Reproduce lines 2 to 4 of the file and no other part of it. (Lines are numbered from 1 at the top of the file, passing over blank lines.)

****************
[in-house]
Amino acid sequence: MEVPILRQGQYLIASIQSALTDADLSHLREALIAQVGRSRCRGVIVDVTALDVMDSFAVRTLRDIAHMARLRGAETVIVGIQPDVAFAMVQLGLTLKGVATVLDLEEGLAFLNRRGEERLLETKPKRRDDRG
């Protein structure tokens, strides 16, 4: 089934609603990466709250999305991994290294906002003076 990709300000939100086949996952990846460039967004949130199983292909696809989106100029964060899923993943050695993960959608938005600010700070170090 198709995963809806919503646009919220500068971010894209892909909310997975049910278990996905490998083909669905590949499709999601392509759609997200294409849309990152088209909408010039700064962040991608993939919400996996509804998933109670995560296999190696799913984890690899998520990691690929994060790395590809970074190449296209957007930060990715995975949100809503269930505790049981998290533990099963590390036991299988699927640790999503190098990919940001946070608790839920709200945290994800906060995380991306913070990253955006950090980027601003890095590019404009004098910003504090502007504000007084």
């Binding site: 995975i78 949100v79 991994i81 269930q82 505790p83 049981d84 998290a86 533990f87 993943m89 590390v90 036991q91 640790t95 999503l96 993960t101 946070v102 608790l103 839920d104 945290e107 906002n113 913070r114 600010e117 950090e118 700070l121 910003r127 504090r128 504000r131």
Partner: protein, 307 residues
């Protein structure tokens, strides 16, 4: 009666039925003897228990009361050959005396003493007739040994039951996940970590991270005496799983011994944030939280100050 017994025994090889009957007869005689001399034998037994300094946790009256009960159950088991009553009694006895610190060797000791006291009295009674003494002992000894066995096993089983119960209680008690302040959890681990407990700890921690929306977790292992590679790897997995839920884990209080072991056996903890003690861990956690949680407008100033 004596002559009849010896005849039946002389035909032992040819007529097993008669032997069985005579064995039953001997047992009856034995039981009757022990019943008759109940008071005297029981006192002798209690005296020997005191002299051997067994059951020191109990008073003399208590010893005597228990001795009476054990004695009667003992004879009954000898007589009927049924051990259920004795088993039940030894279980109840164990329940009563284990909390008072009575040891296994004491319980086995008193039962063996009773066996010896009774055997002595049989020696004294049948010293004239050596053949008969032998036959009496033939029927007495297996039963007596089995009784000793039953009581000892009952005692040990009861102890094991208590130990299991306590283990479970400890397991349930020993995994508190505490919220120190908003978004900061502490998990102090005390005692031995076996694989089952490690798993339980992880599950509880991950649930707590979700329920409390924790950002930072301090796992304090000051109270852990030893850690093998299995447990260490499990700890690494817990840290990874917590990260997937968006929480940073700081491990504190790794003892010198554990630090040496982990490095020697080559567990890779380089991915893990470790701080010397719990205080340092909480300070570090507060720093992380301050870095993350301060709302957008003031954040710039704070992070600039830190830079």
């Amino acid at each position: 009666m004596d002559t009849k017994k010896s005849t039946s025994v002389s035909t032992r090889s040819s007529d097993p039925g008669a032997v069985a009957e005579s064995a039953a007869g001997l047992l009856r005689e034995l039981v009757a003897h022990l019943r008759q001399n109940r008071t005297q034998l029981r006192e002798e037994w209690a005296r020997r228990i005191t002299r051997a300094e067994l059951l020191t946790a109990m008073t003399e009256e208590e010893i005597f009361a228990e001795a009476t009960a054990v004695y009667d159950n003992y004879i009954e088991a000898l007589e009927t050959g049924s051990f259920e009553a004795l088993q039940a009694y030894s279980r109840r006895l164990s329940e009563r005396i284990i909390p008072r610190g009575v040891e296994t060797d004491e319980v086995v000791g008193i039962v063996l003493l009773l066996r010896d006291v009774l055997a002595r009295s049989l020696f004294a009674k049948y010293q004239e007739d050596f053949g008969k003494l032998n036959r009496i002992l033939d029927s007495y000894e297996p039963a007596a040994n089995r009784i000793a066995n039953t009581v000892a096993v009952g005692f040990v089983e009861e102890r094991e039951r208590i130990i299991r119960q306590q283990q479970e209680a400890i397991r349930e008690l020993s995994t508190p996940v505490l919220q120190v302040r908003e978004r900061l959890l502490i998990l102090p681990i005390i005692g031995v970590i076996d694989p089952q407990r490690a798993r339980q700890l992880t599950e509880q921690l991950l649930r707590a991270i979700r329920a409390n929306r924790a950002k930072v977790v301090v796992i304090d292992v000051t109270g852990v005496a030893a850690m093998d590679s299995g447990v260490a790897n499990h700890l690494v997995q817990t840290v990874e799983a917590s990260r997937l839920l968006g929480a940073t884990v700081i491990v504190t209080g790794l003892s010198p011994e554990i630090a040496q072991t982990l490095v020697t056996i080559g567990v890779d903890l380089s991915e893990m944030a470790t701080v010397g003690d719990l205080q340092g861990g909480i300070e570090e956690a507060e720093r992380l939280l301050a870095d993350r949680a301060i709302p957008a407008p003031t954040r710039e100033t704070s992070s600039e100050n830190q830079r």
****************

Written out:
Amino acid sequence: MEVPILRQGQYLIASIQSALTDADLSHLREALIAQVGRSRCRGVIVDVTALDVMDSFAVRTLRDIAHMARLRGAETVIVGIQPDVAFAMVQLGLTLKGVATVLDLEEGLAFLNRRGEERLLETKPKRRDDRG
């Protein structure tokens, strides 16, 4: 089934609603990466709250999305991994290294906002003076 990709300000939100086949996952990846460039967004949130199983292909696809989106100029964060899923993943050695993960959608938005600010700070170090 198709995963809806919503646009919220500068971010894209892909909310997975049910278990996905490998083909669905590949499709999601392509759609997200294409849309990152088209909408010039700064962040991608993939919400996996509804998933109670995560296999190696799913984890690899998520990691690929994060790395590809970074190449296209957007930060990715995975949100809503269930505790049981998290533990099963590390036991299988699927640790999503190098990919940001946070608790839920709200945290994800906060995380991306913070990253955006950090980027601003890095590019404009004098910003504090502007504000007084």
């Binding site: 995975i78 949100v79 991994i81 269930q82 505790p83 049981d84 998290a86 533990f87 993943m89 590390v90 036991q91 640790t95 999503l96 993960t101 946070v102 608790l103 839920d104 945290e107 906002n113 913070r114 600010e117 950090e118 700070l121 910003r127 504090r128 504000r131």